As an adult we can derive that American Express, at least, believes the value system of this woman is perfect as they have given her a card. I didn't get a clear look at her hand to see if she was obviously married (which plays into the political family values issue). Her values are obviously off-center as she keeps her back to her children in a store (bad motherly attributes in these days) implying she doesn't care. Materialism is the theme of the commercial thus the shoe store, of course it is also restating the old stereotype of women and shoes. The Black womans disregard for her children and bad values is enforced when she takes a comment on her children to be about her shoes. Black women priorities are on their possesions and not family.
While this distasteful ad has much the same affect no matter the race of the woman/girl, it take additional meanings when a minority (especially one that is black) is presented. At least in this country as I have come to understand in my 35+ years of life. Even without the race issue, this is a repugnant television commercial and American Express normally has far greater taste. This also brings the question on why in an ad targeted to Black African Americans, and specifically to Black women, does not match the higher standards usually held by this company.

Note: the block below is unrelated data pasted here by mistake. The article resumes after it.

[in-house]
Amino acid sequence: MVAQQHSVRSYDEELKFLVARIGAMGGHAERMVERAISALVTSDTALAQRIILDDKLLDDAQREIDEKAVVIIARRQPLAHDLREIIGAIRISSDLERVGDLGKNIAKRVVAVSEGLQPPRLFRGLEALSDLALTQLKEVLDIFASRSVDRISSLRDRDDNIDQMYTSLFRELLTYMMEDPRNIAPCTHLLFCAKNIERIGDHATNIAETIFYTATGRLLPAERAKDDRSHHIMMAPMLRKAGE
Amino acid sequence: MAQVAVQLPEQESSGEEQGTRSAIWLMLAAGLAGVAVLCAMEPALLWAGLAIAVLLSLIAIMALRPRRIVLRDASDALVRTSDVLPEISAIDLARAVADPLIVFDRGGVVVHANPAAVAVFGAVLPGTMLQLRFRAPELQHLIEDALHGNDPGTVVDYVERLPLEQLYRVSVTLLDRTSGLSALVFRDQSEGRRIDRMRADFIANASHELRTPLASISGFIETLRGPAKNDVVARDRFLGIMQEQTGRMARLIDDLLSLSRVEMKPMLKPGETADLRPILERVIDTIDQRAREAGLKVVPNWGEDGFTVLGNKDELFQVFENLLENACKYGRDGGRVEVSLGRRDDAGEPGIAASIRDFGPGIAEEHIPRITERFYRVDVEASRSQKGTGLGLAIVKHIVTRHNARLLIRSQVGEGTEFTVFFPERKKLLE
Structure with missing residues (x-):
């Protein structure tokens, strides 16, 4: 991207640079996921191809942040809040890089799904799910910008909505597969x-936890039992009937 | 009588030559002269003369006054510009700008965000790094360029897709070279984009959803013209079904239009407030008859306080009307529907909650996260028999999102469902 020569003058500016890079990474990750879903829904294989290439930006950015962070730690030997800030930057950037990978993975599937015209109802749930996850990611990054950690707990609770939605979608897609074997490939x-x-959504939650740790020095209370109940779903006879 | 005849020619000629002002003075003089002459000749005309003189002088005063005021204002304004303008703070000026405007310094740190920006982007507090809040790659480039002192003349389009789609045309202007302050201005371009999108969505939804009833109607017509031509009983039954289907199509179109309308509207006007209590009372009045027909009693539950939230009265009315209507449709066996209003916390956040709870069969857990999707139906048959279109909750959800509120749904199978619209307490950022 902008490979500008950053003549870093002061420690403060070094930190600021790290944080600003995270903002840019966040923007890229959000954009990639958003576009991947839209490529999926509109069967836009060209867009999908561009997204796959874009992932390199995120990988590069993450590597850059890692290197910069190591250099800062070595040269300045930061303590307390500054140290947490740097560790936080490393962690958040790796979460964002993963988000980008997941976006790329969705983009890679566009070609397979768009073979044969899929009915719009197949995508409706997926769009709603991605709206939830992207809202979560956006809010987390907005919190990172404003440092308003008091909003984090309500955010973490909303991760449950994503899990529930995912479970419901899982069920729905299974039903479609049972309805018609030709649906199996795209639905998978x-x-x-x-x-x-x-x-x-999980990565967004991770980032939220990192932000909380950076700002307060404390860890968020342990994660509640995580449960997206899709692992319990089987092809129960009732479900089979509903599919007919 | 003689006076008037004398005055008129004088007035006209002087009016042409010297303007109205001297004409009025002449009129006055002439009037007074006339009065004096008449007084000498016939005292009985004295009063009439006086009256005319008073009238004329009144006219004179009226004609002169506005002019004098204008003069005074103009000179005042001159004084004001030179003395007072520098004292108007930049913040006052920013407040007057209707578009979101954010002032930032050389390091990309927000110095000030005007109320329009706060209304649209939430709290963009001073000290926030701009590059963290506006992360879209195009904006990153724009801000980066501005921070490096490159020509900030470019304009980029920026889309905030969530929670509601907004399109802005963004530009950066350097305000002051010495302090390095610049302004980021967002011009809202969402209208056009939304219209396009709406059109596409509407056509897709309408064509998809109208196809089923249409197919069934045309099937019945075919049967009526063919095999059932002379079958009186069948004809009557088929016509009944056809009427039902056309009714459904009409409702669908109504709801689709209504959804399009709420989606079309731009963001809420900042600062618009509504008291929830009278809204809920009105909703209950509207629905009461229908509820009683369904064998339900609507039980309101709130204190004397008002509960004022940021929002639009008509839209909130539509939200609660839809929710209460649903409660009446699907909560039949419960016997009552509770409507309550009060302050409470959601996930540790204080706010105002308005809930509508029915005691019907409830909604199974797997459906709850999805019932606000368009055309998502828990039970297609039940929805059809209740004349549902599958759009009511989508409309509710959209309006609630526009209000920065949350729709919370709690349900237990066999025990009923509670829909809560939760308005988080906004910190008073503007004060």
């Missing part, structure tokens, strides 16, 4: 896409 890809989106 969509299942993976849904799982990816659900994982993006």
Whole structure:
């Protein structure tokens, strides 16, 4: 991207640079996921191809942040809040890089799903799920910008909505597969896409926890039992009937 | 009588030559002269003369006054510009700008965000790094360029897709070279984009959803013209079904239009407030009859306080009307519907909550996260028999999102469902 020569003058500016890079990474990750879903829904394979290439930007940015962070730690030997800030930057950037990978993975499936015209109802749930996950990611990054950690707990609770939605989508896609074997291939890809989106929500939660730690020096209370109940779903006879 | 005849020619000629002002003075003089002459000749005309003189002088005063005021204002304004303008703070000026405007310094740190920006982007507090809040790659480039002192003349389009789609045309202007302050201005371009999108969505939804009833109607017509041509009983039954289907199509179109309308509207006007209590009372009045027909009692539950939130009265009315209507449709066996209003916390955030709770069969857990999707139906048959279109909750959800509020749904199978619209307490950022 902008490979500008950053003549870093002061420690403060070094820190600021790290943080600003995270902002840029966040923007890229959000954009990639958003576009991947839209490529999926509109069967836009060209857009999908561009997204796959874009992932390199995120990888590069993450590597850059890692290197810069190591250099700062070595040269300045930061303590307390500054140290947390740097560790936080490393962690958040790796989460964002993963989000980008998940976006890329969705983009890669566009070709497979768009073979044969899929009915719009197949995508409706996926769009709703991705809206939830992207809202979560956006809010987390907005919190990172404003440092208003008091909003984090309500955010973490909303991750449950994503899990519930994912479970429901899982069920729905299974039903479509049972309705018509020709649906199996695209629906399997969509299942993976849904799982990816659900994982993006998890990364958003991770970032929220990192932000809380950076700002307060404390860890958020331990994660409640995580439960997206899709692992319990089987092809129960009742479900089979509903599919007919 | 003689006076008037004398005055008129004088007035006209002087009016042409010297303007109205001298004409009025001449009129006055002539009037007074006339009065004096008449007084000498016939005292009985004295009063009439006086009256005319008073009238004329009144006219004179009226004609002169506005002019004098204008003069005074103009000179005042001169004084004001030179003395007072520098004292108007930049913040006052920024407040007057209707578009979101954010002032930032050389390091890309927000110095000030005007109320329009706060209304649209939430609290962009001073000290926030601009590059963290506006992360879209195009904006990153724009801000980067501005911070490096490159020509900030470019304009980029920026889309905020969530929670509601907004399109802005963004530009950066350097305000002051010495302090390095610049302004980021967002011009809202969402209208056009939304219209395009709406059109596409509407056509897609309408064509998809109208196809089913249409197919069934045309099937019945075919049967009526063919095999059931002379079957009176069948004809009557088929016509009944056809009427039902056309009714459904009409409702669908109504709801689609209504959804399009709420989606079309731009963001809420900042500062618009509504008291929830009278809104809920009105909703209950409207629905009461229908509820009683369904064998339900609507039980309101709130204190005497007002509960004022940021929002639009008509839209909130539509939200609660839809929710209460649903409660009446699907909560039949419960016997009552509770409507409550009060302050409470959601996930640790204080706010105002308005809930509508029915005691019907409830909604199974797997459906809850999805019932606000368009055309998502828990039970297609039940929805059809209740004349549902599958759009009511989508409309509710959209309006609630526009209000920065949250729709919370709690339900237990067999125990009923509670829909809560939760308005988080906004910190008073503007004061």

I would love if anyone from any of the companies mentioned, or their advertising companies, were to contact me or comment on my observations. I cannot think that no one in any of the companies or departments involved with the approval of these ads could not see the further meanings of the commercials. It is one thing to make programs and television commercials that are geared to the lowest common denominator [which is an insult to the intelligence of the average American viewer] but to further monetary gains by promoting stereotypes and ill-formed conceptualizations of groups is quite another.
I firmly believe that these and worse commercials will become more rampant and touch upon more minorities and other groups as no one calls them on their actions. I bet that part of why each of these thoughtless commercials contains Black African Americans, and others Hispanics and various other 'minorities' is that the statements would be felt more harshly to white America. Fear of lost sales is not a motivation to unfairly present any group.
I do not, nor will I ever, say that any advertisment, on television, a movie, radio or any other medium and form of entertainment cannot be fun and/or sarcastic. I believe firmly in the right to free expression. I also believe that you cannot treat people fairly part of the time and expect that there will not be a deep psychological and real impact from the rest of the time.
I wish that companies, and the govenment for that matter, would just try to treat me like a man, not a category. I am a man, an American, and a Puerto Rican Black in that order. Don't you wish for something along the same lines, or do you assume that that is how they already view you. I'm sure my 'minority' readers agree with me.
This is what I think, what do you think?